Senthil Balaji case: SC refers the question if police custody will only be within the first 15 days of remand

It said that section 167 of the CrPC (Code of Criminal Procedure), 1973 is a bridge between liberty and investigation, performing a fine balancing act

The Supreme Court of India (photo: NH File Photo)
The Supreme Court of India (photo: NH File Photo)


The Supreme Court on Monday made reference to a larger bench on the question as to whether the 15 days period of custody in favour of the police should be only within the first 15 days of remand or spanning over the entire period of investigation i.e. 60 or 90 days, as a whole.

A division bench of Justices A.S. Bopanna and M.M. Sundresh made the above reference while dismissing the pleas filed by arrested Tamil Nadu Minister V. Senthil Balaji and his wife against the Madras High Court's decision upholding the ED's right to take the DMK leader into custody in connection with an alleged cash for jobs scandal.

It said that section 167 of the CrPC (Code of Criminal Procedure), 1973 is a bridge between liberty and investigation, performing a fine balancing act.

The division bench did not concur with an earlier judgment rendered in Anupam J. Kulkarni case that a police custody will only be within the first 15 days of remand, and held that the maximum period of 15 days of police custody is meant to be applied to the entire period of investigation.

In view of the difference, it directed the matter to be placed before the Chief Justice of India for the constitution of a larger 3-judge bench.

The division bench held that writ of habeas corpus, filed by the wife of the arrested minister, challenging the remand order was not maintainable. It said that an order passed by a Magistrate giving reasons for a remand can only be tested in the manner provided under the statute and not by filing a writ of habeas corpus under Article 226 of the Indian Constitution.

"An authorised officer under the PMLA, 2002 is not duty bound to follow the rigor of Section 41A of the CrPC, 1973 as against the binding conditions under Section 19 of the PMLA, 2002," it also held.

The Supreme Court allowed the Enforcement Directorate (ED) to take Balaji into custody till August 12.

"We are inclined to permit the respondents (ED) to have custody of the appellant(Balaji) till 12.08.2023," it ordered. It said that words "such custody" occurring in Section 167(2) of the CrPC, 1973 would include not only a police custody but also that of other investigating agencies and the word "custody" will mean actual custody.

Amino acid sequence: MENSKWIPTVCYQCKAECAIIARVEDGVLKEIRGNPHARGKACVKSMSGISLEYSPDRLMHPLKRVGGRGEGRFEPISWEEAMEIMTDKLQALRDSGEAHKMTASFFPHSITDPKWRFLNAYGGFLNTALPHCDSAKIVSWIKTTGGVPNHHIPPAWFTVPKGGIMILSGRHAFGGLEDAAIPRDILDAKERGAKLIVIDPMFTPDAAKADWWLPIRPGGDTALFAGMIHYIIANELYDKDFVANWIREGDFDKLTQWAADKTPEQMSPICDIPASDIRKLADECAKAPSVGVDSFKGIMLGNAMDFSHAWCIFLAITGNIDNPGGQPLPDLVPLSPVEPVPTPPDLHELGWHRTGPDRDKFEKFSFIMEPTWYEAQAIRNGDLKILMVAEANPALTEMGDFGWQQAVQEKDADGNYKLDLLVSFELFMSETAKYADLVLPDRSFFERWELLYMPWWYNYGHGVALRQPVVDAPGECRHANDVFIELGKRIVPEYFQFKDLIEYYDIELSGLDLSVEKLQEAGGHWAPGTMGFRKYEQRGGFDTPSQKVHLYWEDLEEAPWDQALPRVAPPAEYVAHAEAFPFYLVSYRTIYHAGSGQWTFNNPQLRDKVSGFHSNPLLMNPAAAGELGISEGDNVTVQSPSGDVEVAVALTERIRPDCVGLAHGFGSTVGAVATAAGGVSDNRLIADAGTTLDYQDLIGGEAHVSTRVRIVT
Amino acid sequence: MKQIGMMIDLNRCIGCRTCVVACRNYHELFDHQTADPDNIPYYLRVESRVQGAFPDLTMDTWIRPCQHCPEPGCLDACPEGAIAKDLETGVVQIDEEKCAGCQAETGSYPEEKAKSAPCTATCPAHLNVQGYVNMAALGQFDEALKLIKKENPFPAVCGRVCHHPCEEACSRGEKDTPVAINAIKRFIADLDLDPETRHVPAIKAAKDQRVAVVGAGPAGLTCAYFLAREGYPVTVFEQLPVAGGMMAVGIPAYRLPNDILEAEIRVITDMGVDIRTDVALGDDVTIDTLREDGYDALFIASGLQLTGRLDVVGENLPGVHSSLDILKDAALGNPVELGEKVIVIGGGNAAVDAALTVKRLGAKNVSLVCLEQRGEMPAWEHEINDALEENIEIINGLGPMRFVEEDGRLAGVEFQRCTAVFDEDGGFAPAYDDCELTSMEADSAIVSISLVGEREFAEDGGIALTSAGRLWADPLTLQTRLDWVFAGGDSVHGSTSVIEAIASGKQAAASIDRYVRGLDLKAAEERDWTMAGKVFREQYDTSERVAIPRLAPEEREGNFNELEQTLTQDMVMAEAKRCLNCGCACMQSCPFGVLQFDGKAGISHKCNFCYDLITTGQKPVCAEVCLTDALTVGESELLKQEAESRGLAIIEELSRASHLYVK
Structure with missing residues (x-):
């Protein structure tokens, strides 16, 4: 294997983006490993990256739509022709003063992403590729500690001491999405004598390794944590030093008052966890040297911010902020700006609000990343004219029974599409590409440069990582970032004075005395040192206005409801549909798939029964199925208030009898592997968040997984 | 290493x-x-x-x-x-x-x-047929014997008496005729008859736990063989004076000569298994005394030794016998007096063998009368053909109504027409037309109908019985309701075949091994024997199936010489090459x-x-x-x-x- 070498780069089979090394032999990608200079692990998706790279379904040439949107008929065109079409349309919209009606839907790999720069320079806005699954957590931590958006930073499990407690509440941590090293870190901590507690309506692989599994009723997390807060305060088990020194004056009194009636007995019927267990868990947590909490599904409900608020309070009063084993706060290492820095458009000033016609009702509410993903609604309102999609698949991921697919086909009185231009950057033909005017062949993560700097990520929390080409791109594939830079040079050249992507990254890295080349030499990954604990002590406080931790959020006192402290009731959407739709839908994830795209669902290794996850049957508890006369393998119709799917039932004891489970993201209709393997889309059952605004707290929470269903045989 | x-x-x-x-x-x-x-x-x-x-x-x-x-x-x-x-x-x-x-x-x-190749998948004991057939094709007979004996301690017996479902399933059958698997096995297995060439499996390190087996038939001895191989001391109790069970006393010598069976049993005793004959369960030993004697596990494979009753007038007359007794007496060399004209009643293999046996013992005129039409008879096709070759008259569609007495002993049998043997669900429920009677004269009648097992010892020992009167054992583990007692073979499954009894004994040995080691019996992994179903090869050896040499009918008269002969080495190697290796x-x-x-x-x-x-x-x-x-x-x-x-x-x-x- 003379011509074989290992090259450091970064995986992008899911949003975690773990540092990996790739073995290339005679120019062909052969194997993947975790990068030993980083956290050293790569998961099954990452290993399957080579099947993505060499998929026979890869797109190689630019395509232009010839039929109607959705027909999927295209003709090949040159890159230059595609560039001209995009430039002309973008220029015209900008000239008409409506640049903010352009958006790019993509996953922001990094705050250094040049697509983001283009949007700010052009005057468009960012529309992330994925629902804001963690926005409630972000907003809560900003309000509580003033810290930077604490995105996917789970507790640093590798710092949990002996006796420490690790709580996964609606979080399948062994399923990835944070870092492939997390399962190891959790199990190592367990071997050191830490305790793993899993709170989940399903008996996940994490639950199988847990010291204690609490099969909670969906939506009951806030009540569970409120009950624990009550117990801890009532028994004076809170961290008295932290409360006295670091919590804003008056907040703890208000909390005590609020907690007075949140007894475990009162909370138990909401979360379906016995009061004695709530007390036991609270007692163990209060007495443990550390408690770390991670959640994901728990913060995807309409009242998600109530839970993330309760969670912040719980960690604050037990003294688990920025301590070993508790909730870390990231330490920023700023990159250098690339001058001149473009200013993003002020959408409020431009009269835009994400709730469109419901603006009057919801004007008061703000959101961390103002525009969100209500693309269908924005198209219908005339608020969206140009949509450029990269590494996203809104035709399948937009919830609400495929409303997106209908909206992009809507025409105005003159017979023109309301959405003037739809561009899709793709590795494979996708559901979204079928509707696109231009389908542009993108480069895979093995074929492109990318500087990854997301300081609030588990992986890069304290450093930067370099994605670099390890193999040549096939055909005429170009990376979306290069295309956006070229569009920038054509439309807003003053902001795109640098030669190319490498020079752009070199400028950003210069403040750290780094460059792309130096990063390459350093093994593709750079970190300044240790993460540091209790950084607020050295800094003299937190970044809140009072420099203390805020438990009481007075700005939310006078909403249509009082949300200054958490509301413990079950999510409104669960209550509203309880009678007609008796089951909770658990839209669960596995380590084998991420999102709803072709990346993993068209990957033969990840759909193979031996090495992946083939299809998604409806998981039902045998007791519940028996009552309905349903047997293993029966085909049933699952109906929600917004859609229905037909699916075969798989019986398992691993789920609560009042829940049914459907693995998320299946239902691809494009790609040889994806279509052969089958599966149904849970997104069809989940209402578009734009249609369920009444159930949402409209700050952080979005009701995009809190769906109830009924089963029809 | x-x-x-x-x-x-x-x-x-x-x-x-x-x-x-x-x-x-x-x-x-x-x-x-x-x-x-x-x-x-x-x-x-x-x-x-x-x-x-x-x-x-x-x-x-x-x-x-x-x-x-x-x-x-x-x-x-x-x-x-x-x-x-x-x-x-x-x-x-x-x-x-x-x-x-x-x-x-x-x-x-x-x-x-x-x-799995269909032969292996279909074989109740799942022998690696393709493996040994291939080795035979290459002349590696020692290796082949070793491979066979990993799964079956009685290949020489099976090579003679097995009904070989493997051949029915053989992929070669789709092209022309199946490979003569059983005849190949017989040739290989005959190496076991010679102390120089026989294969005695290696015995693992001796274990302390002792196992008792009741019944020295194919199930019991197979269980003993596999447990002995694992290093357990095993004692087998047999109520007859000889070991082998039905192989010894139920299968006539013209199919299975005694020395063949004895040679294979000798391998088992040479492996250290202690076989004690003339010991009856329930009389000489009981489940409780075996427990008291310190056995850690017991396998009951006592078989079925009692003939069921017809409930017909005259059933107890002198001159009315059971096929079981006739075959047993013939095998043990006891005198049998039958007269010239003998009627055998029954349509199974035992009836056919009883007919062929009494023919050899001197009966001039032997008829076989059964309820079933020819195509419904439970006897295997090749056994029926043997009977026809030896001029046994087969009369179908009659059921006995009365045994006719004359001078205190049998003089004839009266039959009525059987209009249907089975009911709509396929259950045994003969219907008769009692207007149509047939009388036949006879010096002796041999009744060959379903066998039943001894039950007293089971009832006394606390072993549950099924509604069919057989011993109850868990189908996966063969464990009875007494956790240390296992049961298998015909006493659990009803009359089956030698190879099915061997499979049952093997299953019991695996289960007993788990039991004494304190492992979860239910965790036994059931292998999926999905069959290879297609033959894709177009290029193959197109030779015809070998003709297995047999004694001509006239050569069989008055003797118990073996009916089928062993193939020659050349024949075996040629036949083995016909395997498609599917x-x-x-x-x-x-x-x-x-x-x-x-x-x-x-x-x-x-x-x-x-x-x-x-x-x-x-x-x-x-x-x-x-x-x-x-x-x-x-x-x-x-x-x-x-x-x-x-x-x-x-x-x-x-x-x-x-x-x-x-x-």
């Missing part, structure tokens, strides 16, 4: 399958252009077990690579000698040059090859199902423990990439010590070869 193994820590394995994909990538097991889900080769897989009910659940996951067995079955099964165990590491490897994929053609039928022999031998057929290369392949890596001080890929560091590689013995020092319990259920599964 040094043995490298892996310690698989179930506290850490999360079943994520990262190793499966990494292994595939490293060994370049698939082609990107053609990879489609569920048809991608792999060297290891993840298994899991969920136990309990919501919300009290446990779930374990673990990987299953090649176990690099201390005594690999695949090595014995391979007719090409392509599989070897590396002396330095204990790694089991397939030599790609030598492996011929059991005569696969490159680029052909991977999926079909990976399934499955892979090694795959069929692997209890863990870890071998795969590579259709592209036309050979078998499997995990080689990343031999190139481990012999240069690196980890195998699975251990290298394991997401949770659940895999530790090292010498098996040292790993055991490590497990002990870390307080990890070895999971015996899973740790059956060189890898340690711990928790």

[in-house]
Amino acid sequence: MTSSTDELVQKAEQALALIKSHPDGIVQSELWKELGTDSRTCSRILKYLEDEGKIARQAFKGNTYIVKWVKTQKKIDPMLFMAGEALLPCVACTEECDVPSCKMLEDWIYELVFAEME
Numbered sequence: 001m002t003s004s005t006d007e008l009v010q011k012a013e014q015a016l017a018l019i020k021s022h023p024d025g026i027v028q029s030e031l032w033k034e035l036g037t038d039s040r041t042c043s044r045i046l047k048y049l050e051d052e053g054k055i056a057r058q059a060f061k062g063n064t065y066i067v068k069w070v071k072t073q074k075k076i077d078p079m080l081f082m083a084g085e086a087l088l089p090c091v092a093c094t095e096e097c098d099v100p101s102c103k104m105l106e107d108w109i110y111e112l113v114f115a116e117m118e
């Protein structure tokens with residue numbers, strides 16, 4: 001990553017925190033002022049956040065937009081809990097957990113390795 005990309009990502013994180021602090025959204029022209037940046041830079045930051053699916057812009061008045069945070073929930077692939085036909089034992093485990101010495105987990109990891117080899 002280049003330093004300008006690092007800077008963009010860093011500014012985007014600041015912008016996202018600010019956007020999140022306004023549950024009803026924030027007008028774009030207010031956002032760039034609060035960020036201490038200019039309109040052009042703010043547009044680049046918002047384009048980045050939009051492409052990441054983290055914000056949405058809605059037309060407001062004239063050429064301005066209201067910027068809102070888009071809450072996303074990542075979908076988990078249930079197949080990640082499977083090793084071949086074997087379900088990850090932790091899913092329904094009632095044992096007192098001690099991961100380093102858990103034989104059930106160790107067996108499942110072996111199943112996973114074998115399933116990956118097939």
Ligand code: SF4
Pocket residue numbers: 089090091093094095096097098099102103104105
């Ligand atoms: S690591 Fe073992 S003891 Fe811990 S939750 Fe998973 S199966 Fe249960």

The Supreme Court on August 2 reserved its verdict in the clutch of pleas after hearing the both sides and had refused to pass any interim direction relating to police remand sought by the ED.

Senior advocate Mukul Rohtagi, representing Balaji, had argued that after expiry of 15 days from arrest, an accused cannot be detained in police custody.

Earlier on July 21, the Supreme Court had issued notice on the petitions filed and sought response of the ED on the pleas. The top court had agreed to urgently list the pleas after it was apprehended that Balaji may be taken into police custody anytime and if the matter is not heard immediately, the petitions will become infructuous.

The minister and his wife had approached the top court of the country after a bench of Justice C.V. Karthikeyan of the Madras High Court, the third judge to whom the matter was referred, gave its ruling that the central agency has the right to arrest the legislator. It had said that if the agency can arrest, they can also seek custody as well.

Notably, the ED has also filed another petition before the top court challenging some observations made by the high court in its order. The habeas corpus petition challenging arrest of Balaji by the Enforcement Directorate was heard by a three-judge bench on directions of the Supreme Court after a split verdict was pronounced by a division bench of the Madras HC on the plea moved by the legislator’s wife.

In a split verdict delivered on July 4, Justice J. Nisha Banu termed the arrest of the minister illegal and ordered him to be set free with immediate effect, while Justice D. Bharatha Chakravarthy differed on the question of his "illegal" detention.

S. Megala, the wife of the arrested minister had moved a petition before the high court assailing her husband’s arrest by the ED in connection with a cash-for-jobs scam that allegedly occurred during his tenure as the Transport Minister from 2011 to 2016 in the then AIADMK government.

In an interim direction passed on June 15, the High Court had ordered to transfer the minister from a government hospital where he was under the custody of ED officials to a private hospital. The ED had filed an appeal before the Supreme Court challenging this.

Follow us on: Facebook, Twitter, Google News, Instagram 

Join our official telegram channel (@nationalherald) and stay updated with the latest headlines

Published: 08 Aug 2023, 12:13 PM